So that if a chestnut was a fiver, and it beat a tenner, it became at one leap a fifteener.
Before the summer I come again and say, “Give me 49another tenner, and I'll be obliged.”
There's a tenner coming your way if he doesn't forget about it.
She was excited no doubt by thoughts of the race, and of the 'tenner' he was going to put on for her.
He had already raised money on the furniture, and his whole assets came to less than a tenner.
Here,” he said, “do you feel like giving a tenner for a whisky and soda?
And if you want money, Will's flush, he 'll lend you a 'tenner.'
You've a lot of science, we all know, but I'll back Lance for a tenner.
However, I had no choice, so I put my poor turnip up the spout, and got a tenner for it.
Let's see—tenner's Agency in Philly is a good place to start.
Old English ten (Mercian), tien (West Saxon), from Proto-Germanic *tekhan (cf. Old Saxon tehan, Old Norse tiu, Danish ti, Old Frisian tian, Old Dutch ten, Dutch tien, Old High German zehan, German zehn, Gothic taihun "ten").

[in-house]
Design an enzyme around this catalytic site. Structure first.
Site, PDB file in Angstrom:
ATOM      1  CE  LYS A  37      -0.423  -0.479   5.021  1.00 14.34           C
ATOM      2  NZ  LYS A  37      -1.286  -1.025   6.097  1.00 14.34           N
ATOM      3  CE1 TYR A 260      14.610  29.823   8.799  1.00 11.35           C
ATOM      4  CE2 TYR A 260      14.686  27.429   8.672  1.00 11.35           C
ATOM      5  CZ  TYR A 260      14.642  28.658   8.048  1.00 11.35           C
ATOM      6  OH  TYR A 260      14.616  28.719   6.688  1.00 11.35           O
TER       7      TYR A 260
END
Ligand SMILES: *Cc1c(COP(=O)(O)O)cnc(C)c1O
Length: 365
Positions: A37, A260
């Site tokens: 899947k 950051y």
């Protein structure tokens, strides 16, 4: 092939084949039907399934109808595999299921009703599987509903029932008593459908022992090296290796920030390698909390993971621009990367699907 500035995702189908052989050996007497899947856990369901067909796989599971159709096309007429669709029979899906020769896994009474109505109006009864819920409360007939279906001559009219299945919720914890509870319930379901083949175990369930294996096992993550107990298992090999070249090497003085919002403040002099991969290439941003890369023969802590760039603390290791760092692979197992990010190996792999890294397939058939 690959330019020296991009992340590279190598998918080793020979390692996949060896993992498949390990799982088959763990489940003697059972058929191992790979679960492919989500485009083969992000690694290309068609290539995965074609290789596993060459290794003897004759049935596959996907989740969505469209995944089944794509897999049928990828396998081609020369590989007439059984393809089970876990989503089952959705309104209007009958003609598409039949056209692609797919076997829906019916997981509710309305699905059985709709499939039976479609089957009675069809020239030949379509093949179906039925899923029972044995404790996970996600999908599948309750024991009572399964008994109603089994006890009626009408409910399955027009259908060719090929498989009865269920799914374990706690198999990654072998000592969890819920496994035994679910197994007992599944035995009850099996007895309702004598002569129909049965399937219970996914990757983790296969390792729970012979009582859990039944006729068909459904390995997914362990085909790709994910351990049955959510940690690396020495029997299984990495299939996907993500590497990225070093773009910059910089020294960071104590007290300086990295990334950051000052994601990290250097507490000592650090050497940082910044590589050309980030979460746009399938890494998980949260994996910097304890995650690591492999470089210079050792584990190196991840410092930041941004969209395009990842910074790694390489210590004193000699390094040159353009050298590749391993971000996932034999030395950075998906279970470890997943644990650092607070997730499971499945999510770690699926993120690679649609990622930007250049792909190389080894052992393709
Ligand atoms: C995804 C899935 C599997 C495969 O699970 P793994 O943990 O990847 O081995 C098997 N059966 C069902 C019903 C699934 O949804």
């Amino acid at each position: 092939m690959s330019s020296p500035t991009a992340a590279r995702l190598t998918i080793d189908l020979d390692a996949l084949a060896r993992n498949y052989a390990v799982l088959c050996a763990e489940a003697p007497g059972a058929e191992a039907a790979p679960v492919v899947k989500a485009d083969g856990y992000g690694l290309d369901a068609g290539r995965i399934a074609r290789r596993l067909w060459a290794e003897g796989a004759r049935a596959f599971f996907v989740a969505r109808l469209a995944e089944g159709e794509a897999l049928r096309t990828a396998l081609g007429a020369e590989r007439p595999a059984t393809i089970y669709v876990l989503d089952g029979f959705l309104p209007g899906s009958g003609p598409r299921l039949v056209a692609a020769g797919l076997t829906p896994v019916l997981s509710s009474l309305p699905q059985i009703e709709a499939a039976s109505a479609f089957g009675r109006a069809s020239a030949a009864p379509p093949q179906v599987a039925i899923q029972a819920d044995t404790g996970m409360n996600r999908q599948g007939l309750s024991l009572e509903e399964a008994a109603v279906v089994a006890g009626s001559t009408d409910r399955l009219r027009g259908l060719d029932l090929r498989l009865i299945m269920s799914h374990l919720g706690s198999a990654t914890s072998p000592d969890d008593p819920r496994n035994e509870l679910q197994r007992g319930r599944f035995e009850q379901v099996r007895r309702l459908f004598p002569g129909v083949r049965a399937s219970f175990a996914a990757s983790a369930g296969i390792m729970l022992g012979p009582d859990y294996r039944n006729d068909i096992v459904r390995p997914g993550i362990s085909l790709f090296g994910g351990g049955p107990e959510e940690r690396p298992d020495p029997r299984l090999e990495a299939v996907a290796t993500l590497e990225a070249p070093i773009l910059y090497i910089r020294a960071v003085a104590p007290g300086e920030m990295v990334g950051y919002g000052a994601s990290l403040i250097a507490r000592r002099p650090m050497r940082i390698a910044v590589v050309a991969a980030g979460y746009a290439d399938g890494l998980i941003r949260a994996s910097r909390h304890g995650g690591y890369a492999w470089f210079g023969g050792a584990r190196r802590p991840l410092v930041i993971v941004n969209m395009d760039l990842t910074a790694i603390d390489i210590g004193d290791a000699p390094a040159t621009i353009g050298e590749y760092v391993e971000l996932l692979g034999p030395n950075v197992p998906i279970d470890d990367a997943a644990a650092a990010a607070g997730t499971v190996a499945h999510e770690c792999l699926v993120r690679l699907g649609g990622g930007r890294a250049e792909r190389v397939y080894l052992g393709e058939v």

The Germanic words are from PIE *dekm (cf. Sanskrit dasa, Avestan dasa, Armenian tasn, Greek deka, Latin decem, Old Church Slavonic deseti, Lithuanian desimt, Old Irish deich, Breton dek, Welsh deg, Albanian djetu "ten").
Tenner "ten-pound note" is slang first recorded 1861; as "ten-dollar bill," 1887 (ten-spot in this sense dates from 1848). The ten-foot pole that you wouldn't touch something with (1909) was originally a 40-foot pole; the idea is the same as the advice to use a long spoon when you dine with the devil. Ten-four "I understand, message received," is attested in popular jargon from 1962, from use in CB and police radio 10-code (in use in U.S. by 1950).
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